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Connect indigenous prisoners to their culture: Grand Chief plays in Manitoba Prison

This month, behind the walls of the prison, prisoners in the federal prison in Manitoba are granted access to music, drums, and shared circles to connect with indigenous cultures. Indigenous Day was celebrated as a positive step towards regaining. Rehab a group that has been imprisoned at a disproportionate rate.

In mid-June, CTV News will host a music, dance and dining afternoon for nearly 200 indigenous prisoners who have been granted exclusive access within the Stoney Mountain Institute and have applied for participation. Observed community partners to do.

The prison yard was transformed into an outdoor venue, and a band led by Manitoba Kiwatinowio Kima Kanak Grand Chief Garrison Setty performed a song for the prisoners.

Setty has previously visited prisons and worked with prisoners, but this is the first time she has brought in his band, Kiwatin Breeze.

"We wanted to show them that they weren't forgotten, but they're still our people," Settee told CTVNational News.

"Show our relatives here that they are important and that we are waiting for them when they come out on the other side and start a new life for them Everyone wants to give hope is a second chance. ”

The reportreleased at the end of May highlights the importance of this work. — Auditor Karen Hogan found in a report that black and indigenous criminals face worse results than any other group. There are greater barriers to reviving when.

However, this information is not new. Hogan noted that the issue was reported in a previous audit and that corrective services did little to adjust their practices.

Meanwhile, the number of indigenous prisoners in Canadian prisons is increasing.

According to 2018statistics,, indigenous men make up 28% of Canada's prison population. Indigenous women make up 40 percent of the prison population in women's prisons.

Still, indigenous peoples make up less than 5 percent of Canada's total population. And the number of indigenous women sentenced to the federal government has increased by 60% over the last decade. This tells how the indigenous community has been scrutinized, policed ​​and ultimately imprisoned in Canada.

The chaise longue pointed out that having access to one's culture helps in the healing process and helps us understand how to make amends and change our lives.

"The message we convey is that everyone can change and everyone can change their lives," he said.

The performance at Stony Mountain was for prisoners in the security part of the prison. The men in attendance were convicted criminals, many of whom were sentenced to life imprisonment.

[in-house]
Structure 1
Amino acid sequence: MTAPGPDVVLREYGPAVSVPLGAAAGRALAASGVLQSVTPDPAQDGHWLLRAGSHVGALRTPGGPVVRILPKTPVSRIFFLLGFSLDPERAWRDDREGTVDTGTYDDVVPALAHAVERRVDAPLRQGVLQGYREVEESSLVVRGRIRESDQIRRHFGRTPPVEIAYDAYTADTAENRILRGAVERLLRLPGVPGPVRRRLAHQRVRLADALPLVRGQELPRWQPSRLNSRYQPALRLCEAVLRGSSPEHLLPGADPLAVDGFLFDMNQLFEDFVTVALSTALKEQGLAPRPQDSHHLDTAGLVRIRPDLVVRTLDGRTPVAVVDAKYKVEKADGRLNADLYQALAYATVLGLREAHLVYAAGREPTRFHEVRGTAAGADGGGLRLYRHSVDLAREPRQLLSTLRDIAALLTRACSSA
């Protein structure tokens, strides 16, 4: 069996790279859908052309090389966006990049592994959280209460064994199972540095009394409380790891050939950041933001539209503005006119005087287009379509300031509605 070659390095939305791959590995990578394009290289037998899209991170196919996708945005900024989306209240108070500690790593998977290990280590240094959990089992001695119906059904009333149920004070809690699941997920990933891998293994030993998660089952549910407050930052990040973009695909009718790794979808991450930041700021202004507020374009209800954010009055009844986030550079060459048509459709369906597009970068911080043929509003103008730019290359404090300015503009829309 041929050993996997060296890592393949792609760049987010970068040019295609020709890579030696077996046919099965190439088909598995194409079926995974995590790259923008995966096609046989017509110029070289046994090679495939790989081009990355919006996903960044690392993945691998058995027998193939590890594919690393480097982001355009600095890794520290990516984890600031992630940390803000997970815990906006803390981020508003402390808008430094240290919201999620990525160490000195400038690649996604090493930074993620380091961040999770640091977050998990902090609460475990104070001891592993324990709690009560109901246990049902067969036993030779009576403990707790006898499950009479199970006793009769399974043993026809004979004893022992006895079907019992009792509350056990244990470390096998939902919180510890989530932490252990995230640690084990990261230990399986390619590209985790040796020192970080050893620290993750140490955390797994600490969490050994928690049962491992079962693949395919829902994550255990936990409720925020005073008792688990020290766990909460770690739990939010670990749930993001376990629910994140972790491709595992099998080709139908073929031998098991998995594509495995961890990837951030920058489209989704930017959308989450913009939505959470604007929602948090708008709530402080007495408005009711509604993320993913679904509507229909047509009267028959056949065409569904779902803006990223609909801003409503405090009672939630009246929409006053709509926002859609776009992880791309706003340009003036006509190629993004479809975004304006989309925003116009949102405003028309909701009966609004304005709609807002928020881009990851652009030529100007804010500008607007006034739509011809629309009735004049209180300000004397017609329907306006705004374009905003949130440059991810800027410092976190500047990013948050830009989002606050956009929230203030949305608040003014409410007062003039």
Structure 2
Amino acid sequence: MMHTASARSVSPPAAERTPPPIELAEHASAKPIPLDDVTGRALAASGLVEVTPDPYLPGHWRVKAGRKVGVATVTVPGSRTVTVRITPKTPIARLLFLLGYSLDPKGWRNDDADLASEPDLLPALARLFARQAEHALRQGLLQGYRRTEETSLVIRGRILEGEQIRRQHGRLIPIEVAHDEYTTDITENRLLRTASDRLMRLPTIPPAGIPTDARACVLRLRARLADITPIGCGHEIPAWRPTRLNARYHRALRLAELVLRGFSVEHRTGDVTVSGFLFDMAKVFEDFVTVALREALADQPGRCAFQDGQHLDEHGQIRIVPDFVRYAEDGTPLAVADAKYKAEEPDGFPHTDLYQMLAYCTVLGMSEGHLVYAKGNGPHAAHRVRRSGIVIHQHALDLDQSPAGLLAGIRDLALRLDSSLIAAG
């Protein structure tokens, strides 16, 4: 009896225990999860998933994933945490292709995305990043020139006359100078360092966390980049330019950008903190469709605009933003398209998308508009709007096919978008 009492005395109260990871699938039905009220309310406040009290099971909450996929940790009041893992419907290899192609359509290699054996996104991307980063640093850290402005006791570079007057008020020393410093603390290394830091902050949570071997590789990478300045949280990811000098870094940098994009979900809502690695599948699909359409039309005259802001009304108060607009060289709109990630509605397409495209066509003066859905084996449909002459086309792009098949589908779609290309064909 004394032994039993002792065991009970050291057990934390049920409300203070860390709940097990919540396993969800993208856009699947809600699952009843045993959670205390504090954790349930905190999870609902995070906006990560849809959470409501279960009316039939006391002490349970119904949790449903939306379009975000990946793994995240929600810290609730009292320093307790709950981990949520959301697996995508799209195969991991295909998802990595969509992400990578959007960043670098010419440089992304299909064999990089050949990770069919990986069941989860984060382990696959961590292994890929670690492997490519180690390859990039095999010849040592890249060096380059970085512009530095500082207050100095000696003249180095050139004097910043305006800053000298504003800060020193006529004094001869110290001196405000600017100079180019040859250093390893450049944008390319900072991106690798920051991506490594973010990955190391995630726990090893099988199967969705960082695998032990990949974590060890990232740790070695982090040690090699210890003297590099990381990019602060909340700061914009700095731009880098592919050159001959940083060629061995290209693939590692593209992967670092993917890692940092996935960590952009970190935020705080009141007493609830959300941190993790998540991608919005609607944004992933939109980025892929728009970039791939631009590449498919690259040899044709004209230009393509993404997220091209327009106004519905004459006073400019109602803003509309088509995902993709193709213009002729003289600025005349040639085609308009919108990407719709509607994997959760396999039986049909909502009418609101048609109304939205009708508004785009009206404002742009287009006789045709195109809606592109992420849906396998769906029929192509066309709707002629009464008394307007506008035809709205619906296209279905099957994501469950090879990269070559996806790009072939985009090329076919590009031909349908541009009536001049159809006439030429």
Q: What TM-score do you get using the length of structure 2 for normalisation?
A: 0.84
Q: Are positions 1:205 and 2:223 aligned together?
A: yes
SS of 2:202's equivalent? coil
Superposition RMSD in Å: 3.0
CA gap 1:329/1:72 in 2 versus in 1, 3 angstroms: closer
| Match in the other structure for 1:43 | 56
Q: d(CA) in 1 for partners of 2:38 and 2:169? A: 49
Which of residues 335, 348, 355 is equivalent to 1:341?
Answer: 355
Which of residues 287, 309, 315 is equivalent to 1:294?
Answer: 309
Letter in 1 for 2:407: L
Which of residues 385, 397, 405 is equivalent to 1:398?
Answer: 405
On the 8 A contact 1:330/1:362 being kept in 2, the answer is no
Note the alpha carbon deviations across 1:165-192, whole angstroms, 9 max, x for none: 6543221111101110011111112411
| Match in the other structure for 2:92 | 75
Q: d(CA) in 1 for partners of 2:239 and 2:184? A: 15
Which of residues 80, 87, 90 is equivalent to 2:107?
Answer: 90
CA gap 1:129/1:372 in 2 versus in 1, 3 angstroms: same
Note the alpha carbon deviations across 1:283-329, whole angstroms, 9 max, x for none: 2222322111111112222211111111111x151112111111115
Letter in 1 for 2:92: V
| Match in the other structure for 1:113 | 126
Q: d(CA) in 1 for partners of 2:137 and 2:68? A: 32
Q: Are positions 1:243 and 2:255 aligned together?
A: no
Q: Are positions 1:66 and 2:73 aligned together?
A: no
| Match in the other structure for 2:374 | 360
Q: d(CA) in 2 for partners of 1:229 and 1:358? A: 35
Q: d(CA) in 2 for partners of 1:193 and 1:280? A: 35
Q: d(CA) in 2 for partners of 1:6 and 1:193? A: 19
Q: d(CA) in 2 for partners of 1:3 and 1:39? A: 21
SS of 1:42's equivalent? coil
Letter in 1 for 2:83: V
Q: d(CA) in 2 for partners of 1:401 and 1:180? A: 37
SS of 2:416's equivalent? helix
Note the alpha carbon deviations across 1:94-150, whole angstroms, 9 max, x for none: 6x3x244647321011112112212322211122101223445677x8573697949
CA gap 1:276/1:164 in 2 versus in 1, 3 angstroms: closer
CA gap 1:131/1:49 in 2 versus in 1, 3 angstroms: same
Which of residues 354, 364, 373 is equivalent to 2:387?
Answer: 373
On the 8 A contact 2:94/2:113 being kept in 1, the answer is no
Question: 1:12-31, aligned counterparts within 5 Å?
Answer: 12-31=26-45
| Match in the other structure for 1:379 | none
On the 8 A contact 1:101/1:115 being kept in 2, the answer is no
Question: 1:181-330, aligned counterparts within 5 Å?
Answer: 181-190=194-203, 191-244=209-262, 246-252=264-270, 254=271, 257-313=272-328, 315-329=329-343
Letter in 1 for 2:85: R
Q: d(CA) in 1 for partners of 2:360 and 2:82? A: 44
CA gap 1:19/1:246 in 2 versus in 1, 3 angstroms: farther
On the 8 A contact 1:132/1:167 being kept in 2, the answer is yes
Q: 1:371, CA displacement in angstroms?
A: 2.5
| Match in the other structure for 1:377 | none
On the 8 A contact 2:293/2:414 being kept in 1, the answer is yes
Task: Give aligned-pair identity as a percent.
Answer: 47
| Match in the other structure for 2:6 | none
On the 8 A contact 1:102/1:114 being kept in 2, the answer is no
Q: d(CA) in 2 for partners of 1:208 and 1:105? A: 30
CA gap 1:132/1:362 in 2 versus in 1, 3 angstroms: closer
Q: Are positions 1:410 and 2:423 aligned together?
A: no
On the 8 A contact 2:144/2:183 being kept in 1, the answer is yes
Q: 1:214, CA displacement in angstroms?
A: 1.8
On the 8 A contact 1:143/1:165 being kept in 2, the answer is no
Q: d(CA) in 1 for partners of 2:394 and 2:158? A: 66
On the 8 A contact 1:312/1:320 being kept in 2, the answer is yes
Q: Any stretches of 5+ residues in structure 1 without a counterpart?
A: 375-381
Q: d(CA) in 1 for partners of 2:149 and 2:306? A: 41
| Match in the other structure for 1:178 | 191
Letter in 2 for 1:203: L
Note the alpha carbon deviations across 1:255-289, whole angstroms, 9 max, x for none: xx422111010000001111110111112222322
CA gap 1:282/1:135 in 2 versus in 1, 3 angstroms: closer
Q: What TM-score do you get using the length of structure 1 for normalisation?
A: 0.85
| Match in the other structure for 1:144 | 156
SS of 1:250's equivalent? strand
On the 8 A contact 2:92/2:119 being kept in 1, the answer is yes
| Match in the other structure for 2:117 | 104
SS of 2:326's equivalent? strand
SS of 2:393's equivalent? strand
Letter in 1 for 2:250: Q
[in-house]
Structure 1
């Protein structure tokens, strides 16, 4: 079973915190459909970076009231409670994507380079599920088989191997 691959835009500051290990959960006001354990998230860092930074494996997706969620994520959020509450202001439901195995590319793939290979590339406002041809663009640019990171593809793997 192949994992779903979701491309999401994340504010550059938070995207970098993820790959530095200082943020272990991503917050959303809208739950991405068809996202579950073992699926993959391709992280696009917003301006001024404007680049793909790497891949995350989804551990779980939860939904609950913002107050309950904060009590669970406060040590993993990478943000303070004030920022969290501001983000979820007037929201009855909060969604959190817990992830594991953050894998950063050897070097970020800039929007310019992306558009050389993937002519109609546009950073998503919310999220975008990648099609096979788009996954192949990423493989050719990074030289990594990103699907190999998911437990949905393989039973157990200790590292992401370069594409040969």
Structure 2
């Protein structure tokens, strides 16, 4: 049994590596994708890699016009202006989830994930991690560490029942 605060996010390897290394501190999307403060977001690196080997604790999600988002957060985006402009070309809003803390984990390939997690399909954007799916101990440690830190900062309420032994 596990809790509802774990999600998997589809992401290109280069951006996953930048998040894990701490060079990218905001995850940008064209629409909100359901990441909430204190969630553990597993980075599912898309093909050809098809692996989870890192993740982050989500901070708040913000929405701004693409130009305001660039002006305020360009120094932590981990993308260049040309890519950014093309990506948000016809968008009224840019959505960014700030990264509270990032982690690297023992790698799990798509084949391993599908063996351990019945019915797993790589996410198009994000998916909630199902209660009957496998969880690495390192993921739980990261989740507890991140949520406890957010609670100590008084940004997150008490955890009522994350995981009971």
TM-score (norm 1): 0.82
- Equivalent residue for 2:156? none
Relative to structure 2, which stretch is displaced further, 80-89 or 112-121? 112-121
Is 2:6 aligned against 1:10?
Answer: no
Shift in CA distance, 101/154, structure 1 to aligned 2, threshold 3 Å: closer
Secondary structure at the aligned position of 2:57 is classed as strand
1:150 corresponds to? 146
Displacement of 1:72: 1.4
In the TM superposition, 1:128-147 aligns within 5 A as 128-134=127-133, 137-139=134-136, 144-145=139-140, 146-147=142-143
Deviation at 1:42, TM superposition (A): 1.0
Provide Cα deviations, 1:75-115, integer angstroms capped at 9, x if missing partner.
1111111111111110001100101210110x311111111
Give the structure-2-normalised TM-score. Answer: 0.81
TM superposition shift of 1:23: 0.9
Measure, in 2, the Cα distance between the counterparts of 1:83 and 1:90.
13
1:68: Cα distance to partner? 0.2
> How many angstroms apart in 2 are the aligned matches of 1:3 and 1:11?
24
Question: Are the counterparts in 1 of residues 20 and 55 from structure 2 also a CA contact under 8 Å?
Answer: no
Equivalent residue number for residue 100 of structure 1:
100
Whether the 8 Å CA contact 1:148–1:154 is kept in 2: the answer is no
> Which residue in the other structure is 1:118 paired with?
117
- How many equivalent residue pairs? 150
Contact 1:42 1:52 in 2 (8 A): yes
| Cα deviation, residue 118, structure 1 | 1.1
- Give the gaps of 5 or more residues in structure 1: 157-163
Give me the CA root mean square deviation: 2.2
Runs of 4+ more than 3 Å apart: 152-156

"As a creature, you have no guarantee that you will ever leave," Jonasbad told CTV National News.

A 52-year-old boy was put in jail for his second murder. Recently, he said he started working with the elders at the institution's spiritual lodge and felt that it would revolutionize.

"Because I'm a product of a scoop in the 1960s, my parents are a product of a housing school, so there's a lot of abuse, a lot of cultural loss, and a loss of language," he said. Told.

Intergenerational trauma is a common thread among indigenous prisoners, and reconnecting these prisoners to a lost culture is a major part of the work being done here. is.

There was dance and drumming on this day.

A prisoner has been sentenced to 15 years in prison through a program focused on the healing of indigenous peoples.

"I fell into drugs and alcohol, which is why I was here today," said Larry Duck. The 31-year-old thought that the availability of indigenous healing teachings helped him.

"I feel like I've finally become part of something I've been looking for for years," he said.

Inmates provide education and counseling, focusing on living outside.

"Our role is reintegration," Stony Mountain's evaluation and intervention manager, Laura Kirby, told CTV News. "Our role is not punishment. Our role is to meet the needs of these men and ensure they succeed when they return to the community."

The goal is that Settee wants to help everyone get closer.

The prisoners thanked him for the performance and told him and his bandmates, "It was the first time someone checked us […] and it was really nice that someone just came. Say hello and say we are here for you.

"It feels great to do this."

He said they should have the opportunity to access better ways, no matter how long they stay in jail. , And for these prisoners, it is the teachings of indigenous peoples and their unique culture.

"It may be 20 years or 25 years, but they support them from the ground up and give them the hope of living every day with gratitude for life. It can happen here." Said the chaise longue.

And the Grand Chief said he would keep the prisoners reminded of it long after the show was over.